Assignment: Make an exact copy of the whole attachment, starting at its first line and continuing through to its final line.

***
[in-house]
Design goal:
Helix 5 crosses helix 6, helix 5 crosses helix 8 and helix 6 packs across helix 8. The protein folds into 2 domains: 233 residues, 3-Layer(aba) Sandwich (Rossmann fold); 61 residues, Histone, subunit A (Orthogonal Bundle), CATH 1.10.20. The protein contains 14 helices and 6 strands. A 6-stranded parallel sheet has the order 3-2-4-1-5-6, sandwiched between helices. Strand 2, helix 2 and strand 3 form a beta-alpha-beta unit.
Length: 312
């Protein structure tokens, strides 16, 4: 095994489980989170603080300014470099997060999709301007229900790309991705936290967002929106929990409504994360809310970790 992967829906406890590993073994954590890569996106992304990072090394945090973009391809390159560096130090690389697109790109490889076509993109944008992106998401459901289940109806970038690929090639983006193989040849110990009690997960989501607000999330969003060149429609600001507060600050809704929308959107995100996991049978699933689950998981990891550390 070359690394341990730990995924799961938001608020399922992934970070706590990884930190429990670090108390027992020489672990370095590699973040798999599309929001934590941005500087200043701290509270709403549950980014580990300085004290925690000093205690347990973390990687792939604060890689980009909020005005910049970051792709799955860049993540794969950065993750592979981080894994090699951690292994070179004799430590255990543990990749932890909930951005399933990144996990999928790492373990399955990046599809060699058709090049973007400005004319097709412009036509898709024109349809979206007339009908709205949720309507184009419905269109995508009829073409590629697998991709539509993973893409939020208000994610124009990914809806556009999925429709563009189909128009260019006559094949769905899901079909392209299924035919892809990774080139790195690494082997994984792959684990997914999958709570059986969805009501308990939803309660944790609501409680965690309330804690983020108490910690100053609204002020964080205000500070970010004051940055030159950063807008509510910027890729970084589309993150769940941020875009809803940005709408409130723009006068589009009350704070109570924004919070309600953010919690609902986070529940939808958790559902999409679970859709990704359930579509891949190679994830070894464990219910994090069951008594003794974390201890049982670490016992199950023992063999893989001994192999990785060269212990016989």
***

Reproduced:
[in-house]
Design goal:
Helix 5 crosses helix 6, helix 5 crosses helix 8 and helix 6 packs across helix 8. The protein folds into 2 domains: 233 residues, 3-Layer(aba) Sandwich (Rossmann fold); 61 residues, Histone, subunit A (Orthogonal Bundle), CATH 1.10.20. The protein contains 14 helices and 6 strands. A 6-stranded parallel sheet has the order 3-2-4-1-5-6, sandwiched between helices. Strand 2, helix 2 and strand 3 form a beta-alpha-beta unit.
Length: 312
């Protein structure tokens, strides 16, 4: 095994489980989170603080300014470099997060999709301007229900790309991705936290967002929106929990409504994360809310970790 992967829906406890590993073994954590890569996106992304990072090394945090973009391809390159560096130090690389697109790109490889076509993109944008992106998401459901289940109806970038690929090639983006193989040849110990009690997960989501607000999330969003060149429609600001507060600050809704929308959107995100996991049978699933689950998981990891550390 070359690394341990730990995924799961938001608020399922992934970070706590990884930190429990670090108390027992020489672990370095590699973040798999599309929001934590941005500087200043701290509270709403549950980014580990300085004290925690000093205690347990973390990687792939604060890689980009909020005005910049970051792709799955860049993540794969950065993750592979981080894994090699951690292994070179004799430590255990543990990749932890909930951005399933990144996990999928790492373990399955990046599809060699058709090049973007400005004319097709412009036509898709024109349809979206007339009908709205949720309507184009419905269109995508009829073409590629697998991709539509993973893409939020208000994610124009990914809806556009999925429709563009189909128009260019006559094949769905899901079909392209299924035919892809990774080139790195690494082997994984792959684990997914999958709570059986969805009501308990939803309660944790609501409680965690309330804690983020108490910690100053609204002020964080205000500070970010004051940055030159950063807008509510910027890729970084589309993150769940941020875009809803940005709408409130723009006068589009009350704070109570924004919070309600953010919690609902986070529940939808958790559902999409679970859709990704359930579509891949190679994830070894464990219910994090069951008594003794974390201890049982670490016992199950023992063999893989001994192999990785060269212990016989």